A pub in Springfield, IL features a bar covered in Lincoln cents. Any rare varieties? Bring a magnifying glass, but don't drink too much...
It’s doubtful that any business in Springfield displays more images of Abraham Lincoln than the Price Street Pub.
There are 10,250 on the oak bar alone.
For decades, the neighborhood pub at 2815 Price St. has been home to a bar covered end to end with Lincoln pennies.
“You say Price Street and people don’t know the place. You say ‘penny bar’ and they know where it is,” said Tom Sutton, who owns the bar/restaurant with his wife, Diana.
The pub has been in the same location near Summit Avenue since 1931, according to city directories. In 1977, the former owners installed the first penny bar.
“The whole bar, the railing underneath and a cash register table were filled with 1977 pennies,” said Tom. “They started out all being heads up, facing the same way, but then they gave up on that and just stuck them on.”
After 30 years, wear and tear took its toll on the bar and the surface began to crack and bend. The Abes started to amble.
“It had a lot of character, but there were a lot of burn spots. You could see the wear,” said Tom. In 2008, he and Diana decided to make a new penny bar.
First task: Getting 10,250 shiny, new 2008 pennies.
“I went to the bank to get them and they said, ‘Are you crazy?’” said Tom.
The Suttons called the U.S. Treasury and put in an order. It was a long and complicated process, but the pretty pennies finally arrived in Springfield.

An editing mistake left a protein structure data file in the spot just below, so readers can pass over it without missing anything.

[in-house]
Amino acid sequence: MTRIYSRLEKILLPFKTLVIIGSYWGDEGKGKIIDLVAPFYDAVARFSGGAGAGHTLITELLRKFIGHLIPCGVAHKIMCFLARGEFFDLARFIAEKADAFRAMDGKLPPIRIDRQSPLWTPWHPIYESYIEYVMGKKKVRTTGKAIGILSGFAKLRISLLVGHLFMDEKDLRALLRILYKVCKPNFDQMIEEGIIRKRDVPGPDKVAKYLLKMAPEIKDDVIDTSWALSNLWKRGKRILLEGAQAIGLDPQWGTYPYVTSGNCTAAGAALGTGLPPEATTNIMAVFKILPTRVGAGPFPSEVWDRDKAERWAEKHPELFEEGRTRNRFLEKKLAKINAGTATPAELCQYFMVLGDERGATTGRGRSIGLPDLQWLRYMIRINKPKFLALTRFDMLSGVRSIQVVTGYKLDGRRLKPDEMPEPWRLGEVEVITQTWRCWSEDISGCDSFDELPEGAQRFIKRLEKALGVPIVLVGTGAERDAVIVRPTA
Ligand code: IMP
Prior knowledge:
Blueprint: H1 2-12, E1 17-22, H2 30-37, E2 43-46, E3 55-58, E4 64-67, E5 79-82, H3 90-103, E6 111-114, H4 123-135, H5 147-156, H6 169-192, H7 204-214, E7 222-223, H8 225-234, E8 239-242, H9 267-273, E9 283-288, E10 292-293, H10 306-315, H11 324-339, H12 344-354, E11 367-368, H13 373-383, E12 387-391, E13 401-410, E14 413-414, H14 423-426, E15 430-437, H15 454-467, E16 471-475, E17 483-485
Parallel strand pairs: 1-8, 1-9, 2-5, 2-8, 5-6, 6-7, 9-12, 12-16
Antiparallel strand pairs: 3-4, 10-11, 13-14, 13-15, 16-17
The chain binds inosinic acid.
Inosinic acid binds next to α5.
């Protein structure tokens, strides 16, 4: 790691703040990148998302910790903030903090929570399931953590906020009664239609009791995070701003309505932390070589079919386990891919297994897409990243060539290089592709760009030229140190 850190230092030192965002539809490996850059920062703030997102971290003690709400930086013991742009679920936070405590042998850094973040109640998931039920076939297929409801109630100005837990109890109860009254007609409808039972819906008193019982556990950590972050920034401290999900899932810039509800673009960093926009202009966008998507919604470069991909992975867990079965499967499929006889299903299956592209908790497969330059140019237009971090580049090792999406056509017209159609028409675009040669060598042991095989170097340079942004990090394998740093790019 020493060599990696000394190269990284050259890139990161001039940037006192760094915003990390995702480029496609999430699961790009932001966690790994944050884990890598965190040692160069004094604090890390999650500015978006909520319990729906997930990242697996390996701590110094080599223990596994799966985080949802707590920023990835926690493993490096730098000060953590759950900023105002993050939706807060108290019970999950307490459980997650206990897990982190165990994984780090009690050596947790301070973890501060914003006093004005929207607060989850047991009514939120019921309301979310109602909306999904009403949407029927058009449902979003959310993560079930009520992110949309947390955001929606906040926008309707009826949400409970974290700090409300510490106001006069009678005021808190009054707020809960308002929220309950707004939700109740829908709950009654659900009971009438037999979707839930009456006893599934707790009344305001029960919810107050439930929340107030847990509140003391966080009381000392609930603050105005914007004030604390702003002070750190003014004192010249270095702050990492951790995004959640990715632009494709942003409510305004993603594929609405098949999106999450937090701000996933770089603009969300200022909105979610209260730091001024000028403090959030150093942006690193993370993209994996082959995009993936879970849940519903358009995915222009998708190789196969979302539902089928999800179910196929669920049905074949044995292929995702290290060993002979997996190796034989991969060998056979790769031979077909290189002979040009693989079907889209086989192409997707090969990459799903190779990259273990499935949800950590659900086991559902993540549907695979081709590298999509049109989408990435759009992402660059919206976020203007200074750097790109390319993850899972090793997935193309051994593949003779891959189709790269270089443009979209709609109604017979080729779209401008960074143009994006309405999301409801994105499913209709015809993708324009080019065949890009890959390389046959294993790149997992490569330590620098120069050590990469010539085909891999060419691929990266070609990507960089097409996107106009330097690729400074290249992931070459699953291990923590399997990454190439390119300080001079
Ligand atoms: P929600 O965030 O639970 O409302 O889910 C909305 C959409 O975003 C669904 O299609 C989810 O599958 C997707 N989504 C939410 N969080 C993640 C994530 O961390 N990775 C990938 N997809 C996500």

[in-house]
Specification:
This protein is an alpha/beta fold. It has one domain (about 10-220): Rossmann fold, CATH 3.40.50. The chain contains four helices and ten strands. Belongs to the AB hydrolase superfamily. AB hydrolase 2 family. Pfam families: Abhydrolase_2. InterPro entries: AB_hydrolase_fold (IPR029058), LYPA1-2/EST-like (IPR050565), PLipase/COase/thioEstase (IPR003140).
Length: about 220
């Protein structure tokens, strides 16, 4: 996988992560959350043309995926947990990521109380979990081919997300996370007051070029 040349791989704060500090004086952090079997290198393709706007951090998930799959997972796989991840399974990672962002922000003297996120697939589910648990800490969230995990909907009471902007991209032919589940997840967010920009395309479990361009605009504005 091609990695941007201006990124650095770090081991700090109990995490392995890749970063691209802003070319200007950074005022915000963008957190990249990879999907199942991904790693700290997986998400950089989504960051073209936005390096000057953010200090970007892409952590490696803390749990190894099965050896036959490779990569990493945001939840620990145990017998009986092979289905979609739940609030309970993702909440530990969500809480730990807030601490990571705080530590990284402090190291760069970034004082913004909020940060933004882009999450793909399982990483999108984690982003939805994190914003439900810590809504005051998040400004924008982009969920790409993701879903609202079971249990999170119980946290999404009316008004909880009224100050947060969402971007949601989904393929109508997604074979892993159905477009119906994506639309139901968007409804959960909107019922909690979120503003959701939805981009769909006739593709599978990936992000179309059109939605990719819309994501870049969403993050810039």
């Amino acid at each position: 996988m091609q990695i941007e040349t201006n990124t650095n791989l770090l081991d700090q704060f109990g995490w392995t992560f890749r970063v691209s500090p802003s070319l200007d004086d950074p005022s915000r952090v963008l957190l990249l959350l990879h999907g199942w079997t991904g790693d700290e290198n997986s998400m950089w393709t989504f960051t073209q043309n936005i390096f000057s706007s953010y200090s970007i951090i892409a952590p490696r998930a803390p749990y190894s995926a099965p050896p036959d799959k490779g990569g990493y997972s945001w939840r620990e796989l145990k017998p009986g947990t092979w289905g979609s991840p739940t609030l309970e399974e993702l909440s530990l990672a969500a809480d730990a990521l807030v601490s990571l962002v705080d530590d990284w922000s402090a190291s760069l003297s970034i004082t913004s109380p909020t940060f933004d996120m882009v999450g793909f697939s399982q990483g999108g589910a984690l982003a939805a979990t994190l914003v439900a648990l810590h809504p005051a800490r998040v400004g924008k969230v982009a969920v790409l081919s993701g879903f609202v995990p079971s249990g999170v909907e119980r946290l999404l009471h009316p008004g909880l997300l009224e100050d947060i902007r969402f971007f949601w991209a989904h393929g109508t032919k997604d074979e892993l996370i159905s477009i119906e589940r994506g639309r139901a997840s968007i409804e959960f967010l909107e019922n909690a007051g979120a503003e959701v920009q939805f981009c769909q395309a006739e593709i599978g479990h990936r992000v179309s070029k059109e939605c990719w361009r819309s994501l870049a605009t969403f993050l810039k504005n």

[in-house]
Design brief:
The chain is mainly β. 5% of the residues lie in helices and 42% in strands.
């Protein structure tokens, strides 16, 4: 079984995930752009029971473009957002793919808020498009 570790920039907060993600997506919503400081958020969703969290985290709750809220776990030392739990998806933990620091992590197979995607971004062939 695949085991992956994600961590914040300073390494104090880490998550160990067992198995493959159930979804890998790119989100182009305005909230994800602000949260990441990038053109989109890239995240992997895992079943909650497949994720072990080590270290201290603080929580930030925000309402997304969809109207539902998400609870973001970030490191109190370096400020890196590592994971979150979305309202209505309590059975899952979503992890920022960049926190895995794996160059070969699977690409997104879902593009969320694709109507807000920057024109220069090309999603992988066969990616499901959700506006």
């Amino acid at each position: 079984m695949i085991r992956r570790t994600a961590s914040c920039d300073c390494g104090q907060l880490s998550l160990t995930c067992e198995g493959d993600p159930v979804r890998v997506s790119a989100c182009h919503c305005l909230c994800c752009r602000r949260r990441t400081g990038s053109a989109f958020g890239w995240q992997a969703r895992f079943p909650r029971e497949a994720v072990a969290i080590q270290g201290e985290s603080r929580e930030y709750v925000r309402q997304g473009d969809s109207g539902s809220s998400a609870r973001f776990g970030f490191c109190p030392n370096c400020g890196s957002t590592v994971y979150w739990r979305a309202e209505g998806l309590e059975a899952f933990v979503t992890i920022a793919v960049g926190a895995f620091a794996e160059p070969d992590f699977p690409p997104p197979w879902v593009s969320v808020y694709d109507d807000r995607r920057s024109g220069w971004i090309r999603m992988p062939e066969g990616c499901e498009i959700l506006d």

Diana oversaw the job of placing the shiny new Lincolns on the bar.
“I lined up the first row, all heads up, side by side, facing north. I thought it looked sharp and wanted them all that way,” she said. Friends, employees and customers all helped lay the thousands of pennies on the bar, which is 20 feet long and 2 feet wide.
Somewhere — Diana has never spotted them — Tom snuck in three 1977 pennies, a tribute to a deceased friend.
“We mixed Elmer’s glue and water and spread it to hold the pennies down. It took three days. Everyone helped,” she said.
Once the Abes were perfectly positioned, the bar top was covered with a thick coat of polyurethane. It hardened overnight, but took about a week to completely dry.
To read the complete article, see:
Thousands of Abe Lincolns buried in Springfield pub
Wayne Homren, Editor
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